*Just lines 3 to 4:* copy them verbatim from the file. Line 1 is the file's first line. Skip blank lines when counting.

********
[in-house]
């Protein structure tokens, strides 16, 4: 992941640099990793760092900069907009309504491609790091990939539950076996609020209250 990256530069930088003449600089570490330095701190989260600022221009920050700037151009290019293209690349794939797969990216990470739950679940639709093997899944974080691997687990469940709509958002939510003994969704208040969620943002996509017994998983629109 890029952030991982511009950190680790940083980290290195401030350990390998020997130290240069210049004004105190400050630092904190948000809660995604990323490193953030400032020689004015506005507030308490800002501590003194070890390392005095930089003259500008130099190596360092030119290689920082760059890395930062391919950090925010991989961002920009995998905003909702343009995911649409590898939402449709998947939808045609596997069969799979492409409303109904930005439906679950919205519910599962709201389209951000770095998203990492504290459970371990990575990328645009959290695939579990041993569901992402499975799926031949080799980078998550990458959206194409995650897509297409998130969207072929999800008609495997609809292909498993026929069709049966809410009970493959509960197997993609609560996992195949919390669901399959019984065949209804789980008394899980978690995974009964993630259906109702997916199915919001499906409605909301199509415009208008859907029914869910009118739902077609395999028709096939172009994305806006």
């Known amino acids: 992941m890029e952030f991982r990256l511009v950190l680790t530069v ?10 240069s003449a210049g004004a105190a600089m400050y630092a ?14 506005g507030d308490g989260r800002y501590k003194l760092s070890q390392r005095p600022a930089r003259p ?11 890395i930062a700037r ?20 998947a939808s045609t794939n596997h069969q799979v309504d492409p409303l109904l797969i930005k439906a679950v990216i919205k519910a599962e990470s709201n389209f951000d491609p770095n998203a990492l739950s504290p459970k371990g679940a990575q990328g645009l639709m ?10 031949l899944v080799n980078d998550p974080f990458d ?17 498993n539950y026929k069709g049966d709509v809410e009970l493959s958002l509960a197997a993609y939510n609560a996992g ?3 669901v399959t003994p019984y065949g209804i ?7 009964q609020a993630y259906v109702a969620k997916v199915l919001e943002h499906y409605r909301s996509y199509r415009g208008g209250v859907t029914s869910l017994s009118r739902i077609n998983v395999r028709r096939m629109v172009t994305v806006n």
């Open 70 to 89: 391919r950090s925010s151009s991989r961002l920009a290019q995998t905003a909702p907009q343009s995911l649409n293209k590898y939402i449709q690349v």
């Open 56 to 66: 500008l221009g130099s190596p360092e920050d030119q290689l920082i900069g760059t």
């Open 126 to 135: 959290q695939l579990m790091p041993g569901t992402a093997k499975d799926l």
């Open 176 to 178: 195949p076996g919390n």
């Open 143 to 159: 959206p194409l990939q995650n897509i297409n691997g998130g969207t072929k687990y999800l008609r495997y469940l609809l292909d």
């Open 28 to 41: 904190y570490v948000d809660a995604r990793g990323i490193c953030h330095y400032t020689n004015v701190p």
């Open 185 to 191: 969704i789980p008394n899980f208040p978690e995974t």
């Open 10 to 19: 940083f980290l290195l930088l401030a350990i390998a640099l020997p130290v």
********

């Known amino acids: 992941m890029e952030f991982r990256l511009v950190l680790t530069v ?10 240069s003449a210049g004004a105190a600089m400050y630092a ?14 506005g507030d308490g989260r800002y501590k003194l760092s070890q390392r005095p600022a930089r003259p ?11 890395i930062a700037r ?20 998947a939808s045609t794939n596997h069969q799979v309504d492409p409303l109904l797969i930005k439906a679950v990216i919205k519910a599962e990470s709201n389209f951000d491609p770095n998203a990492l739950s504290p459970k371990g679940a990575q990328g645009l639709m ?10 031949l899944v080799n980078d998550p974080f990458d ?17 498993n539950y026929k069709g049966d709509v809410e009970l493959s958002l509960a197997a993609y939510n609560a996992g ?3 669901v399959t003994p019984y065949g209804i ?7 009964q609020a993630y259906v109702a969620k997916v199915l919001e943002h499906y409605r909301s996509y199509r415009g208008g209250v859907t029914s869910l017994s009118r739902i077609n998983v395999r028709r096939m629109v172009t994305v806006n």
């Open 70 to 89: 391919r950090s925010s151009s991989r961002l920009a290019q995998t905003a909702p907009q343009s995911l649409n293209k590898y939402i449709q690349v």